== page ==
This year, I have watched countless ballgames, athletic contests and competitions among young athletes. In several of them, I have watched people (either the players, the coaches or the parents) show evidence of an unhealthy competitive spirit. You already know what I am talking about, don’t you? It’s the dad who cusses out his 12-year old son, because his boy

Today, I’m thrilled to share a conversation with a good friend, Curt Beavers. Curt is not only a successful business owner but also an entrepreneur. Here are some highlights from our conversation about Millennials entering the workforce and their entrepreneurial mindset. Tim Elmore: There seems to be a paradox among this emerging generation of young adults and new professionals. Very often,

(And What You Can Learn from These Reasons) Once again, we find ourselves in the wake of heartache and disaster caused by terrorist groups. The authorities in Brussels are still collecting the numbers, but it appears 30 more people are dead. The targets were strategic—rush hour at an airport and a metro station. I have been asking myself a question since 2001,

There is quite a bit of controversy surrounding the idea of using “gaming” to teach in the classroom. Some faculty members believe it’s nonsense—that all we’re doing when we “gamify” our pedagogy is caving in to the whimsical wishes of an adolescent. They maintain that it encourages the desire to play instead of work in a child, and the end

20 Conversations Today's Kids Need to Have Today’s world is challenging and complex. It’s a difficult world in which to navigate our lives. It’s so different than the one my parents helped me enter, as a young adult. For many reasons, today’s adult has often been unwilling or unable to host crucial conversations with teens and twenty-somethings. Consequently, students graduate unready for the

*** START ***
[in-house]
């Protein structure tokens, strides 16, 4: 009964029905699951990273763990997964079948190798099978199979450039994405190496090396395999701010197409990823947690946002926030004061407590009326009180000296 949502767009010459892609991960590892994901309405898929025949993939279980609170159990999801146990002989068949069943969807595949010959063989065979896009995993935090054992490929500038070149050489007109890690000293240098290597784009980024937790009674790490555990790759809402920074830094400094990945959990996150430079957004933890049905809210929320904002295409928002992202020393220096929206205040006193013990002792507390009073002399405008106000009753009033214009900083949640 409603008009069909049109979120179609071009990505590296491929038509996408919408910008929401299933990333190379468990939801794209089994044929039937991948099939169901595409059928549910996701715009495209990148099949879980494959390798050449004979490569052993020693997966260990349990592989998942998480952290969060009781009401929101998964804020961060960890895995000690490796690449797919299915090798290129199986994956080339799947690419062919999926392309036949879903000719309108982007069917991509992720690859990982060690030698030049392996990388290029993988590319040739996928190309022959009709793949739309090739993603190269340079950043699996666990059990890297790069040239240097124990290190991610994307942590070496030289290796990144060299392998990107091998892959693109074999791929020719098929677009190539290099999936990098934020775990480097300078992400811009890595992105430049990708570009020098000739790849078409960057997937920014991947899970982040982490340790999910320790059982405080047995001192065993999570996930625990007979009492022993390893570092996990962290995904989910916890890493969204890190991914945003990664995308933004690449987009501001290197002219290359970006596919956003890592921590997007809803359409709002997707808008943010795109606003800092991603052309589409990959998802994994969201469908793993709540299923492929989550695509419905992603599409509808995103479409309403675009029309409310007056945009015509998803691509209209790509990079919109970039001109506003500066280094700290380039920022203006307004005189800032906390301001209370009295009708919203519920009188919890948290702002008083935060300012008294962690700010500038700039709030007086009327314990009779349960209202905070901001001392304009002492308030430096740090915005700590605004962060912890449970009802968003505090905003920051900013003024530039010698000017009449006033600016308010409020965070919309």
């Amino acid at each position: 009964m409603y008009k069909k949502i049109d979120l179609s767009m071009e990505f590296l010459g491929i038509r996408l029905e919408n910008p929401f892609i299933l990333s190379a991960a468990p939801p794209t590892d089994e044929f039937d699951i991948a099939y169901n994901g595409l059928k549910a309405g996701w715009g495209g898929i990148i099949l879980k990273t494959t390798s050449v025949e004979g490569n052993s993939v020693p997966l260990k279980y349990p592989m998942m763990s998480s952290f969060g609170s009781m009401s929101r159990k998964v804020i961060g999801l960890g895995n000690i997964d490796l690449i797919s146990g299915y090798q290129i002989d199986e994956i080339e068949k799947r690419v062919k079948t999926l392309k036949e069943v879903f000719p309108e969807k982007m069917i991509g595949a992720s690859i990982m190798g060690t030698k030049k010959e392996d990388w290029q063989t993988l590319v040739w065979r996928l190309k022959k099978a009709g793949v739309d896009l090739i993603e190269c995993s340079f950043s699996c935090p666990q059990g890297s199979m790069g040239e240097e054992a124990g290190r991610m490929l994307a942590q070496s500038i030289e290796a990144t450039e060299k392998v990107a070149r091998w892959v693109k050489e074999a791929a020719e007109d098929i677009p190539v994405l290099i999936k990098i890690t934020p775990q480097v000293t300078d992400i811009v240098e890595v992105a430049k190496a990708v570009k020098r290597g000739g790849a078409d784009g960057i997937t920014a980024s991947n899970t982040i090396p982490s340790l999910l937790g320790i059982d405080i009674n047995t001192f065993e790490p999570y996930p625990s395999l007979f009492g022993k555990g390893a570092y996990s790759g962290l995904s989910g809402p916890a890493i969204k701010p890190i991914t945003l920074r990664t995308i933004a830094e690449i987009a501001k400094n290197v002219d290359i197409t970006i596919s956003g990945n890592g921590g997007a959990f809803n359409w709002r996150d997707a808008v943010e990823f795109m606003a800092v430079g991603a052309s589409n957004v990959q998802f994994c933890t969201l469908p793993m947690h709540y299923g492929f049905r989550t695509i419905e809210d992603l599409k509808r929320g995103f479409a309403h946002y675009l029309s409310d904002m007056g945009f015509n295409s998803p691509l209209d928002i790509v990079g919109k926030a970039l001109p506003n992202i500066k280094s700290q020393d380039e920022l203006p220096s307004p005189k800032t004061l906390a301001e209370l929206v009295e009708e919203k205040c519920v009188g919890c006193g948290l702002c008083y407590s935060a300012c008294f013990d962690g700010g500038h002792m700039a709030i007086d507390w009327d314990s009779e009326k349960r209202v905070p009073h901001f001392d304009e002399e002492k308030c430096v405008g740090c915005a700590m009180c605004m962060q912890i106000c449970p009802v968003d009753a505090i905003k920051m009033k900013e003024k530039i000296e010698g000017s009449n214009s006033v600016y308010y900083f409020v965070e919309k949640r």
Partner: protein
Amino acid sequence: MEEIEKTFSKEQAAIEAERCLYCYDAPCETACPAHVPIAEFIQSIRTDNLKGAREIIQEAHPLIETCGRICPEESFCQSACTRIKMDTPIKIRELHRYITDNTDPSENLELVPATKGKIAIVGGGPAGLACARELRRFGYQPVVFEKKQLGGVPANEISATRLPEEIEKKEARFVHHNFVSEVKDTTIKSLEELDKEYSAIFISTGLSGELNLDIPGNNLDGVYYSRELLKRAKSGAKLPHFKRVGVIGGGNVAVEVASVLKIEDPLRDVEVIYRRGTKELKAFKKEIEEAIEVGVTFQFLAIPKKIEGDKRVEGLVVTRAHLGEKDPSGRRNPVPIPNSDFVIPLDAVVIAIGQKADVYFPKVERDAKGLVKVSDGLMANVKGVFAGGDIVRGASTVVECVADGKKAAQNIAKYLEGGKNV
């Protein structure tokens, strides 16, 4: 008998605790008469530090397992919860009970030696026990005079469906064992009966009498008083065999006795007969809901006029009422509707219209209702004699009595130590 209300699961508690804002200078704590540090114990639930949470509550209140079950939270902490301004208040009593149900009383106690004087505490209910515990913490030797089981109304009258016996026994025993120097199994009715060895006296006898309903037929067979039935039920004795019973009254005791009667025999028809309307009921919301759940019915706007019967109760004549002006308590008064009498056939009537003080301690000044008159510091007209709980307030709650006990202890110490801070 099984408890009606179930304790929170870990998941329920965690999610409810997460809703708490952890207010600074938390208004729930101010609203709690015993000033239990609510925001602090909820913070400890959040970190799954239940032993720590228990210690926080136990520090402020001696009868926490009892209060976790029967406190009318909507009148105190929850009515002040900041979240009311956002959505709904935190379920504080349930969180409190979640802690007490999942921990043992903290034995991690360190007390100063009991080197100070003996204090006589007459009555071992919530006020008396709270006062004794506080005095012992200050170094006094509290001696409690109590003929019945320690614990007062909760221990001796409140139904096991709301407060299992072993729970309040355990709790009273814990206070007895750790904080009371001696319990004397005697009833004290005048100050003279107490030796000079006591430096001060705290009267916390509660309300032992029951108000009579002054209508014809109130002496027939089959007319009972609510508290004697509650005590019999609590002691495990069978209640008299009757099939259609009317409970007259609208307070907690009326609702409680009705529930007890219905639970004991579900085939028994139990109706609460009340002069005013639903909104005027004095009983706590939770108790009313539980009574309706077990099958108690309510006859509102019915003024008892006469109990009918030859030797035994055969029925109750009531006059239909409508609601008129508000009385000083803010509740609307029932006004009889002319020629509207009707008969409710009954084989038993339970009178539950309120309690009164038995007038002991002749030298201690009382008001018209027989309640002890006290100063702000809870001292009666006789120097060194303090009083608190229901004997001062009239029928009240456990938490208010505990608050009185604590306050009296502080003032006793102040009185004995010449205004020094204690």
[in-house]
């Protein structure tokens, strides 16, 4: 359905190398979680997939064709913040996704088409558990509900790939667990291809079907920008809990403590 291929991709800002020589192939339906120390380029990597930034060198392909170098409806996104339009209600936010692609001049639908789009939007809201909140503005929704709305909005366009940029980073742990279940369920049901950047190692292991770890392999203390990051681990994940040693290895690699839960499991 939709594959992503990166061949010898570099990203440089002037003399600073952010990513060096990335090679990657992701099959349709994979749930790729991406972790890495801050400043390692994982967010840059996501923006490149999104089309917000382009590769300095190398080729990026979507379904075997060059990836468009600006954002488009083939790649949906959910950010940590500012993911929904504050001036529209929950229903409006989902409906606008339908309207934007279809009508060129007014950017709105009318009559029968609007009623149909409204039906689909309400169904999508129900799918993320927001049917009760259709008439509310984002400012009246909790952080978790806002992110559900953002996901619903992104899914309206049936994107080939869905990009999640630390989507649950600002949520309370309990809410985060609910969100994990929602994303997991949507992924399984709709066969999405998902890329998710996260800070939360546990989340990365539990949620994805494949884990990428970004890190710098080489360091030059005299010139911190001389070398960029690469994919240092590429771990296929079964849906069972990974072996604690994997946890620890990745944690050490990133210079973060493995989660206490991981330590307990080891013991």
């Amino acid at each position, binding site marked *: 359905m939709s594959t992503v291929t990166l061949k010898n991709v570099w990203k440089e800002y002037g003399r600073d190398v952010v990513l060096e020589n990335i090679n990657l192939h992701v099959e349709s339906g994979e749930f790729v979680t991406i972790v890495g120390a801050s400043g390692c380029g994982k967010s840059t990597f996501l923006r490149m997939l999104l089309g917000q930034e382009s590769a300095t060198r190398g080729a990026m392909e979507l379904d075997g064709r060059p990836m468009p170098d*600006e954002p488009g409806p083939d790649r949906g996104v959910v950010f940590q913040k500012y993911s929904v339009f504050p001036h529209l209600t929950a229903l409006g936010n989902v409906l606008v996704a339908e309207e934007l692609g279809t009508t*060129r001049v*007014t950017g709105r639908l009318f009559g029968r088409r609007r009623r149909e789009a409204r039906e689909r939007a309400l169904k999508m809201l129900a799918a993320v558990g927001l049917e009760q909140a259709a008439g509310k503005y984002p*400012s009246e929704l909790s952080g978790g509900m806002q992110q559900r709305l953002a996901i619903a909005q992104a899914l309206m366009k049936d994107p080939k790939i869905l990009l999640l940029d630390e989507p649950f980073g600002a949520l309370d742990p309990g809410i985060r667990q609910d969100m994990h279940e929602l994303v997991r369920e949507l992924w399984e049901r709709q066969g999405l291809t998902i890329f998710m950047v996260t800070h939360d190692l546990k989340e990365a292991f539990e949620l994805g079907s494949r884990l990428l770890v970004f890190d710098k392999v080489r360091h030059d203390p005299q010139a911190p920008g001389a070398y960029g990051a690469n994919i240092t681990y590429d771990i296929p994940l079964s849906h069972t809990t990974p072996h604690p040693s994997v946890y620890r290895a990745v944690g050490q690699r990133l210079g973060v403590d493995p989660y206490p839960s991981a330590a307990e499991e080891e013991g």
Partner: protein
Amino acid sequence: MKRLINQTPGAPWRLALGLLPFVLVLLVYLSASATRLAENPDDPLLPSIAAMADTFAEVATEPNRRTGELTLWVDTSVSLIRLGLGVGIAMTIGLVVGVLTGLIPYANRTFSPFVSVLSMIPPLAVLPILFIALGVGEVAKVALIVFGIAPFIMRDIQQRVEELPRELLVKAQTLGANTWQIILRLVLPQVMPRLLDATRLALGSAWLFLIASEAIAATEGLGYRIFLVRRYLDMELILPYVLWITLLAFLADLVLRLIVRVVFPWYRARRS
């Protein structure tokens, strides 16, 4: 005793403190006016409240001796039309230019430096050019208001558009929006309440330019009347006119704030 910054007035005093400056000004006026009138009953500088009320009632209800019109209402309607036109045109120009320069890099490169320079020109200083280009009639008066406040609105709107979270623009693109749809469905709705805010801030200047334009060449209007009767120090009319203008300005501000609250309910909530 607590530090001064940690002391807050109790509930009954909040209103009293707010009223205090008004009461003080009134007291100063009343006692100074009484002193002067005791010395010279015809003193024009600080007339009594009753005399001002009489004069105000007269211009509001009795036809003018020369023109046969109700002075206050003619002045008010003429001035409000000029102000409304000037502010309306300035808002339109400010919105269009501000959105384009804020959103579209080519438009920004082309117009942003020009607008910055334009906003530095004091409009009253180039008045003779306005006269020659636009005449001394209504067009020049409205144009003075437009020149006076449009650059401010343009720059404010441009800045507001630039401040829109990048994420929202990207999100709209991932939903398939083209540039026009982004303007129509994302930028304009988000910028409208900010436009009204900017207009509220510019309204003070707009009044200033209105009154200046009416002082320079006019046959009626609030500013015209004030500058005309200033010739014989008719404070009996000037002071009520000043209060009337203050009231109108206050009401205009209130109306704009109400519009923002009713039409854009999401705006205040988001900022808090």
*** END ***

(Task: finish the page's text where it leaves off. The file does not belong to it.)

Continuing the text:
Have you ever paused to observe how students learn best? Do you stop to reflect on the environments that are most conducive for learning? If you are in a typical classroom—it’s easy to forget. Somehow, many of us have lost the art of enabling students to learn—andI’m speaking of both higher education as well as K-12 education. Author Erika Christakis is challenging

I recently met with a twenty-three year old who told me he’s seeing a counselor. That, in itself, wasn’t shocking. Millions of young Millennials are in therapy for various levels of anxiety, depression or addictions. What stopped me in my tracks was his reason for seeking psychological help: “I think I got the wrong parents.” Yes, he actually said that. While those

Now that we’ve experienced more than fifteen years of research on the Millennial Generation, many adults have become jaded toward them. This population of young people, millions who’ve grown up feeling entitled to things they’ve not earned, self-absorbed, lazy and unready for adulthood has colored (even soured) the opinions of employers, coaches and teachers in high school and college. Too

In our work with students each year, I meet a disproportionate amount of teens and twenty-somethings who are perfectionists. They are students who are dissatisfied with any outcome less than perfection. This shows up in: Their grades. Their sport. Their projects. Their relationships. Their identity and self worth. I recognize certain personalities are more prone to be perfectionists, but my experience